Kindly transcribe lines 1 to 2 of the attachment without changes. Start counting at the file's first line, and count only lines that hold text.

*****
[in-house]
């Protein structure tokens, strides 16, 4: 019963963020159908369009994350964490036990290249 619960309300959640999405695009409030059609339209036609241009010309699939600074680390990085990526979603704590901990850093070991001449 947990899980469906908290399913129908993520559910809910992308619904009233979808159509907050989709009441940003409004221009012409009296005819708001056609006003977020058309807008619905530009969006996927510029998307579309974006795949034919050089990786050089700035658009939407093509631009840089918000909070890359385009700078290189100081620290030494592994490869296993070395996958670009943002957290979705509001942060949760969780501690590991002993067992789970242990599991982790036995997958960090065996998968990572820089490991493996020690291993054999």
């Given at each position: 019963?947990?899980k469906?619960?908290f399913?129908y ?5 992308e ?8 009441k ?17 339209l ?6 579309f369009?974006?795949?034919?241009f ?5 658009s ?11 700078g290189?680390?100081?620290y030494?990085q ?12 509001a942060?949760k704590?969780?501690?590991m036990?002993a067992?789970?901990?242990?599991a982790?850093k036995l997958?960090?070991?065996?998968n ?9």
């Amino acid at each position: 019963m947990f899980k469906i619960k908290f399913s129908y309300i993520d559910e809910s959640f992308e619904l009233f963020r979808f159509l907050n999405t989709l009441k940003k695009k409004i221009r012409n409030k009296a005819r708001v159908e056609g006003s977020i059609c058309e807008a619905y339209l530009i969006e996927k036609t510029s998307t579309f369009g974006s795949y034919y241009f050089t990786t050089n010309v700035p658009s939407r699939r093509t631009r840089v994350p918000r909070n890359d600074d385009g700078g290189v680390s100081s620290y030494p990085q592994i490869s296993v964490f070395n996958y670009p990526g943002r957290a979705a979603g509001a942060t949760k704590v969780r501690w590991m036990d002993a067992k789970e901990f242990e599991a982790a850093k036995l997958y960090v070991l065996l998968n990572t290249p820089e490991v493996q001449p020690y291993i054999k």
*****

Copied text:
[in-house]
């Protein structure tokens, strides 16, 4: 019963963020159908369009994350964490036990290249 619960309300959640999405695009409030059609339209036609241009010309699939600074680390990085990526979603704590901990850093070991001449 947990899980469906908290399913129908993520559910809910992308619904009233979808159509907050989709009441940003409004221009012409009296005819708001056609006003977020058309807008619905530009969006996927510029998307579309974006795949034919050089990786050089700035658009939407093509631009840089918000909070890359385009700078290189100081620290030494592994490869296993070395996958670009943002957290979705509001942060949760969780501690590991002993067992789970242990599991982790036995997958960090065996998968990572820089490991493996020690291993054999």